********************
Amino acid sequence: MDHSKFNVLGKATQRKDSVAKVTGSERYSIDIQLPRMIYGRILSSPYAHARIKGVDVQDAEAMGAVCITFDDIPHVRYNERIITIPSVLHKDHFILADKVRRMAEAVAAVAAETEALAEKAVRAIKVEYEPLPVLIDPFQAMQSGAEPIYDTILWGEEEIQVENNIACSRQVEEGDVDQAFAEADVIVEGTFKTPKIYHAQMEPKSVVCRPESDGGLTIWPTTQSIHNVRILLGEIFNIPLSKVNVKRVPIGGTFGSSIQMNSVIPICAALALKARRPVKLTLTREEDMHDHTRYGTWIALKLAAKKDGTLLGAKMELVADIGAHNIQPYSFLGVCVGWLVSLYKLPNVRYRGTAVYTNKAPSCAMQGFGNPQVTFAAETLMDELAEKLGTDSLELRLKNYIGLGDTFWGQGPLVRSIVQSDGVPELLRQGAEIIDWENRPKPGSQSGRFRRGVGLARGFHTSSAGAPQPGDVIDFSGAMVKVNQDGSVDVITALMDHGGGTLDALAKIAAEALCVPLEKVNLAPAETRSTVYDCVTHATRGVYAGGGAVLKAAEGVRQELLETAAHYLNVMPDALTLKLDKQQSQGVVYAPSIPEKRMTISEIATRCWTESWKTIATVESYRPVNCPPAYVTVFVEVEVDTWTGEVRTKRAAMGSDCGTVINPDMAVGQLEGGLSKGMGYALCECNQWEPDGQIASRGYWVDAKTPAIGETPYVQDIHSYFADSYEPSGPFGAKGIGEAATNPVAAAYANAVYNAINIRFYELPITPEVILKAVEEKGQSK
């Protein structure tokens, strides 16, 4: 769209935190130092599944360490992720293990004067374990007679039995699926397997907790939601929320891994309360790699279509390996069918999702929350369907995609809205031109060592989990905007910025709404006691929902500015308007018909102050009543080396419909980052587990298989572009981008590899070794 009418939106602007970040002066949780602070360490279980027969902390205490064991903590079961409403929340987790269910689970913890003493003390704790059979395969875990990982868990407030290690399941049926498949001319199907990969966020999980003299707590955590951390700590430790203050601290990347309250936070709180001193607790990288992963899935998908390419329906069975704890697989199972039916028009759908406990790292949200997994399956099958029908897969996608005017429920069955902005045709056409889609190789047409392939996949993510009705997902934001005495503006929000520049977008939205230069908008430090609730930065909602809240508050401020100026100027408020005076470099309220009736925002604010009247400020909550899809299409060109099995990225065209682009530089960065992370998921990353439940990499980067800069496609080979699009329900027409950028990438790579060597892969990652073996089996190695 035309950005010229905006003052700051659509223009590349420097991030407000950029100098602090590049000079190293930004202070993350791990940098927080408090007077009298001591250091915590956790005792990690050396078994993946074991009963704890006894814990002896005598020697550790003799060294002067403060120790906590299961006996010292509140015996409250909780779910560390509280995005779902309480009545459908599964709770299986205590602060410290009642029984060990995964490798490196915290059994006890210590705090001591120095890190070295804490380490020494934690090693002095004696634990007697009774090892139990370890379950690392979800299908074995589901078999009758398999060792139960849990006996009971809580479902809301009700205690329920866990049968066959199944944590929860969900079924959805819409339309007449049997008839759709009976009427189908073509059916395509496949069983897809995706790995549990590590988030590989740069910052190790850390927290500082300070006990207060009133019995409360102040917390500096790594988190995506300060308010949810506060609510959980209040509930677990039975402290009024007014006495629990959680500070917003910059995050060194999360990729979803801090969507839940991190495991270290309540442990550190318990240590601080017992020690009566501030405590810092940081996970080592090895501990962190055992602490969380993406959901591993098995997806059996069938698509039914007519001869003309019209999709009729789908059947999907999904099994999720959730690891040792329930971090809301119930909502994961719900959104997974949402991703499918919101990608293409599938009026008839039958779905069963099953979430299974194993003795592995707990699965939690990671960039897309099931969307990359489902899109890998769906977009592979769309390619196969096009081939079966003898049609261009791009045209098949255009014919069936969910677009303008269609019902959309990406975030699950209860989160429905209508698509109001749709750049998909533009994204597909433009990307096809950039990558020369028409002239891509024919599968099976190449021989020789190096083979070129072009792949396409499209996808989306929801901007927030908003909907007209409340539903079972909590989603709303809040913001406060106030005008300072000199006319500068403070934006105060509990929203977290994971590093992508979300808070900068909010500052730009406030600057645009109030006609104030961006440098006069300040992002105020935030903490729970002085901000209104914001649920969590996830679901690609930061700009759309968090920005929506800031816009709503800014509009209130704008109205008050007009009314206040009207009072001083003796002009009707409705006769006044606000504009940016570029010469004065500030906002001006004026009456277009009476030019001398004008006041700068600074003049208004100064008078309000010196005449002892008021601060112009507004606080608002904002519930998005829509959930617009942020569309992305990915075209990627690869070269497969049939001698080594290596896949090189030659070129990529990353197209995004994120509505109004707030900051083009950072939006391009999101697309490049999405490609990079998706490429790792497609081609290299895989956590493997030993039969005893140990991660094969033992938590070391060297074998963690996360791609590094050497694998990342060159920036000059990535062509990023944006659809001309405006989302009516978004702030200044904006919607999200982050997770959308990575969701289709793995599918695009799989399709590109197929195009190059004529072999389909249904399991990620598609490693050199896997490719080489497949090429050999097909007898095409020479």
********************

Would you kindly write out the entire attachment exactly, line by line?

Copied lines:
Amino acid sequence: MDHSKFNVLGKATQRKDSVAKVTGSERYSIDIQLPRMIYGRILSSPYAHARIKGVDVQDAEAMGAVCITFDDIPHVRYNERIITIPSVLHKDHFILADKVRRMAEAVAAVAAETEALAEKAVRAIKVEYEPLPVLIDPFQAMQSGAEPIYDTILWGEEEIQVENNIACSRQVEEGDVDQAFAEADVIVEGTFKTPKIYHAQMEPKSVVCRPESDGGLTIWPTTQSIHNVRILLGEIFNIPLSKVNVKRVPIGGTFGSSIQMNSVIPICAALALKARRPVKLTLTREEDMHDHTRYGTWIALKLAAKKDGTLLGAKMELVADIGAHNIQPYSFLGVCVGWLVSLYKLPNVRYRGTAVYTNKAPSCAMQGFGNPQVTFAAETLMDELAEKLGTDSLELRLKNYIGLGDTFWGQGPLVRSIVQSDGVPELLRQGAEIIDWENRPKPGSQSGRFRRGVGLARGFHTSSAGAPQPGDVIDFSGAMVKVNQDGSVDVITALMDHGGGTLDALAKIAAEALCVPLEKVNLAPAETRSTVYDCVTHATRGVYAGGGAVLKAAEGVRQELLETAAHYLNVMPDALTLKLDKQQSQGVVYAPSIPEKRMTISEIATRCWTESWKTIATVESYRPVNCPPAYVTVFVEVEVDTWTGEVRTKRAAMGSDCGTVINPDMAVGQLEGGLSKGMGYALCECNQWEPDGQIASRGYWVDAKTPAIGETPYVQDIHSYFADSYEPSGPFGAKGIGEAATNPVAAAYANAVYNAINIRFYELPITPEVILKAVEEKGQSK
């Protein structure tokens, strides 16, 4: 769209935190130092599944360490992720293990004067374990007679039995699926397997907790939601929320891994309360790699279509390996069918999702929350369907995609809205031109060592989990905007910025709404006691929902500015308007018909102050009543080396419909980052587990298989572009981008590899070794 009418939106602007970040002066949780602070360490279980027969902390205490064991903590079961409403929340987790269910689970913890003493003390704790059979395969875990990982868990407030290690399941049926498949001319199907990969966020999980003299707590955590951390700590430790203050601290990347309250936070709180001193607790990288992963899935998908390419329906069975704890697989199972039916028009759908406990790292949200997994399956099958029908897969996608005017429920069955902005045709056409889609190789047409392939996949993510009705997902934001005495503006929000520049977008939205230069908008430090609730930065909602809240508050401020100026100027408020005076470099309220009736925002604010009247400020909550899809299409060109099995990225065209682009530089960065992370998921990353439940990499980067800069496609080979699009329900027409950028990438790579060597892969990652073996089996190695 035309950005010229905006003052700051659509223009590349420097991030407000950029100098602090590049000079190293930004202070993350791990940098927080408090007077009298001591250091915590956790005792990690050396078994993946074991009963704890006894814990002896005598020697550790003799060294002067403060120790906590299961006996010292509140015996409250909780779910560390509280995005779902309480009545459908599964709770299986205590602060410290009642029984060990995964490798490196915290059994006890210590705090001591120095890190070295804490380490020494934690090693002095004696634990007697009774090892139990370890379950690392979800299908074995589901078999009758398999060792139960849990006996009971809580479902809301009700205690329920866990049968066959199944944590929860969900079924959805819409339309007449049997008839759709009976009427189908073509059916395509496949069983897809995706790995549990590590988030590989740069910052190790850390927290500082300070006990207060009133019995409360102040917390500096790594988190995506300060308010949810506060609510959980209040509930677990039975402290009024007014006495629990959680500070917003910059995050060194999360990729979803801090969507839940991190495991270290309540442990550190318990240590601080017992020690009566501030405590810092940081996970080592090895501990962190055992602490969380993406959901591993098995997806059996069938698509039914007519001869003309019209999709009729789908059947999907999904099994999720959730690891040792329930971090809301119930909502994961719900959104997974949402991703499918919101990608293409599938009026008839039958779905069963099953979430299974194993003795592995707990699965939690990671960039897309099931969307990359489902899109890998769906977009592979769309390619196969096009081939079966003898049609261009791009045209098949255009014919069936969910677009303008269609019902959309990406975030699950209860989160429905209508698509109001749709750049998909533009994204597909433009990307096809950039990558020369028409002239891509024919599968099976190449021989020789190096083979070129072009792949396409499209996808989306929801901007927030908003909907007209409340539903079972909590989603709303809040913001406060106030005008300072000199006319500068403070934006105060509990929203977290994971590093992508979300808070900068909010500052730009406030600057645009109030006609104030961006440098006069300040992002105020935030903490729970002085901000209104914001649920969590996830679901690609930061700009759309968090920005929506800031816009709503800014509009209130704008109205008050007009009314206040009207009072001083003796002009009707409705006769006044606000504009940016570029010469004065500030906002001006004026009456277009009476030019001398004008006041700068600074003049208004100064008078309000010196005449002892008021601060112009507004606080608002904002519930998005829509959930617009942020569309992305990915075209990627690869070269497969049939001698080594290596896949090189030659070129990529990353197209995004994120509505109004707030900051083009950072939006391009999101697309490049999405490609990079998706490429790792497609081609290299895989956590493997030993039969005893140990991660094969033992938590070391060297074998963690996360791609590094050497694998990342060159920036000059990535062509990023944006659809001309405006989302009516978004702030200044904006919607999200982050997770959308990575969701289709793995599918695009799989399709590109197929195009190059004529072999389909249904399991990620598609490693050199896997490719080489497949090429050999097909007898095409020479």